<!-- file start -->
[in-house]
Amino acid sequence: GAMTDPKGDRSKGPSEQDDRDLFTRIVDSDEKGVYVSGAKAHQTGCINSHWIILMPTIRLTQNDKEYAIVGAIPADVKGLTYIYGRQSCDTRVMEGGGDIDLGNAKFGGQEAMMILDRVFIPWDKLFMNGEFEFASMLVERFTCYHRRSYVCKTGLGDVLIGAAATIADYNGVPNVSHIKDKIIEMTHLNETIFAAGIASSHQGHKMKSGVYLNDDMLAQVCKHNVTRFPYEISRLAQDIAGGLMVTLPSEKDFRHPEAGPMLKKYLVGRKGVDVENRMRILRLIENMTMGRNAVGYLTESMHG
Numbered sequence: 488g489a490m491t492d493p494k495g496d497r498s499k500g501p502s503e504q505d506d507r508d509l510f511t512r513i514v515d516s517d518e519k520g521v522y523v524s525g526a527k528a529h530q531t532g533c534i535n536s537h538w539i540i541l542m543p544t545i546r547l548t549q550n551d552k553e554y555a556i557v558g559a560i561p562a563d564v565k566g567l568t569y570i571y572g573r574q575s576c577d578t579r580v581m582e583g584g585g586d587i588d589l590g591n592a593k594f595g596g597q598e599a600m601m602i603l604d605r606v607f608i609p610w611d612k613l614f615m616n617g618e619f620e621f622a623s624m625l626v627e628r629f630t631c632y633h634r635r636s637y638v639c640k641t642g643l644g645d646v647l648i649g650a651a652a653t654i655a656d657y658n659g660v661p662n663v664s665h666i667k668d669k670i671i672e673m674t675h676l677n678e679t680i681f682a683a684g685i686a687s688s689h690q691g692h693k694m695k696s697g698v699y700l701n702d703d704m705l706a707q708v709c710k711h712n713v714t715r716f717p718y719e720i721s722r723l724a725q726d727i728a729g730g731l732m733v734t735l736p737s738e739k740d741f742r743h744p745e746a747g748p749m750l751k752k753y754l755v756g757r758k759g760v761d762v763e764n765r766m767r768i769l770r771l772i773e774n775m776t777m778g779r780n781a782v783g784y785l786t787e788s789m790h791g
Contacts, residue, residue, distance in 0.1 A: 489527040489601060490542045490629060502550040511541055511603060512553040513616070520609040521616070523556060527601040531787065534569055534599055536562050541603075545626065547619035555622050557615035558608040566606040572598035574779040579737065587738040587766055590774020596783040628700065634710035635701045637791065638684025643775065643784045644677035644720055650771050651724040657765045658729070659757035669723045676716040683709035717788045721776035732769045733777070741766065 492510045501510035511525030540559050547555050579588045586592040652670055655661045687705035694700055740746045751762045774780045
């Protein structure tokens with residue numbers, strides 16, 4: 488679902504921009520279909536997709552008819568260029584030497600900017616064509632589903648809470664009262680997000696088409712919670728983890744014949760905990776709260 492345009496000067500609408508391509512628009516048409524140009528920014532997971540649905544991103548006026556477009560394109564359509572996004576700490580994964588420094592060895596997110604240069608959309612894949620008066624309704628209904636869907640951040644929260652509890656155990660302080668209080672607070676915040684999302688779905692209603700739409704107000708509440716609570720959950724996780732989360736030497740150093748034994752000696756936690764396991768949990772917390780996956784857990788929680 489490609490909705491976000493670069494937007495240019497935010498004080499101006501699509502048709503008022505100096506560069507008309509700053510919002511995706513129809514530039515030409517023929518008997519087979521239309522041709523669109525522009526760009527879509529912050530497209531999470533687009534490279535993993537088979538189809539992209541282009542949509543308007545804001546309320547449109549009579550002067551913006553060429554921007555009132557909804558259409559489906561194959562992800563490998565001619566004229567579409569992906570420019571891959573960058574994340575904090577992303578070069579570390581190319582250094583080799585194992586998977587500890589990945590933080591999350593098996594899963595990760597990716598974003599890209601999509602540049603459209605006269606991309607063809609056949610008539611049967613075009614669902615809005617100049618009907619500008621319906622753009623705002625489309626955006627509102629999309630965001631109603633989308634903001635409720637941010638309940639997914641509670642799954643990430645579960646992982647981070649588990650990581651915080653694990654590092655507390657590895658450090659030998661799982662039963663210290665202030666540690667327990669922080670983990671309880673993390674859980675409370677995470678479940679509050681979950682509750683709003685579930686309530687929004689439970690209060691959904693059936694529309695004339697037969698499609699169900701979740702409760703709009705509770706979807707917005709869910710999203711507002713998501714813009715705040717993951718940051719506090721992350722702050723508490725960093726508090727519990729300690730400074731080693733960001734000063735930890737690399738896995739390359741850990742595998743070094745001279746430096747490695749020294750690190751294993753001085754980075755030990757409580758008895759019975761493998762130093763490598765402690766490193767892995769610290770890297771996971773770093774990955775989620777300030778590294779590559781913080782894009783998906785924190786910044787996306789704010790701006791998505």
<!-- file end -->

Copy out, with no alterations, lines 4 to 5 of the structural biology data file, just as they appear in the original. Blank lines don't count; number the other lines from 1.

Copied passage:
Contacts, residue, residue, distance in 0.1 A: 489527040489601060490542045490629060502550040511541055511603060512553040513616070520609040521616070523556060527601040531787065534569055534599055536562050541603075545626065547619035555622050557615035558608040566606040572598035574779040579737065587738040587766055590774020596783040628700065634710035635701045637791065638684025643775065643784045644677035644720055650771050651724040657765045658729070659757035669723045676716040683709035717788045721776035732769045733777070741766065 492510045501510035511525030540559050547555050579588045586592040652670055655661045687705035694700055740746045751762045774780045
């Protein structure tokens with residue numbers, strides 16, 4: 488679902504921009520279909536997709552008819568260029584030497600900017616064509632589903648809470664009262680997000696088409712919670728983890744014949760905990776709260 492345009496000067500609408508391509512628009516048409524140009528920014532997971540649905544991103548006026556477009560394109564359509572996004576700490580994964588420094592060895596997110604240069608959309612894949620008066624309704628209904636869907640951040644929260652509890656155990660302080668209080672607070676915040684999302688779905692209603700739409704107000708509440716609570720959950724996780732989360736030497740150093748034994752000696756936690764396991768949990772917390780996956784857990788929680 489490609490909705491976000493670069494937007495240019497935010498004080499101006501699509502048709503008022505100096506560069507008309509700053510919002511995706513129809514530039515030409517023929518008997519087979521239309522041709523669109525522009526760009527879509529912050530497209531999470533687009534490279535993993537088979538189809539992209541282009542949509543308007545804001546309320547449109549009579550002067551913006553060429554921007555009132557909804558259409559489906561194959562992800563490998565001619566004229567579409569992906570420019571891959573960058574994340575904090577992303578070069579570390581190319582250094583080799585194992586998977587500890589990945590933080591999350593098996594899963595990760597990716598974003599890209601999509602540049603459209605006269606991309607063809609056949610008539611049967613075009614669902615809005617100049618009907619500008621319906622753009623705002625489309626955006627509102629999309630965001631109603633989308634903001635409720637941010638309940639997914641509670642799954643990430645579960646992982647981070649588990650990581651915080653694990654590092655507390657590895658450090659030998661799982662039963663210290665202030666540690667327990669922080670983990671309880673993390674859980675409370677995470678479940679509050681979950682509750683709003685579930686309530687929004689439970690209060691959904693059936694529309695004339697037969698499609699169900701979740702409760703709009705509770706979807707917005709869910710999203711507002713998501714813009715705040717993951718940051719506090721992350722702050723508490725960093726508090727519990729300690730400074731080693733960001734000063735930890737690399738896995739390359741850990742595998743070094745001279746430096747490695749020294750690190751294993753001085754980075755030990757409580758008895759019975761493998762130093763490598765402690766490193767892995769610290770890297771996971773770093774990955775989620777300030778590294779590559781913080782894009783998906785924190786910044787996306789704010790701006791998505």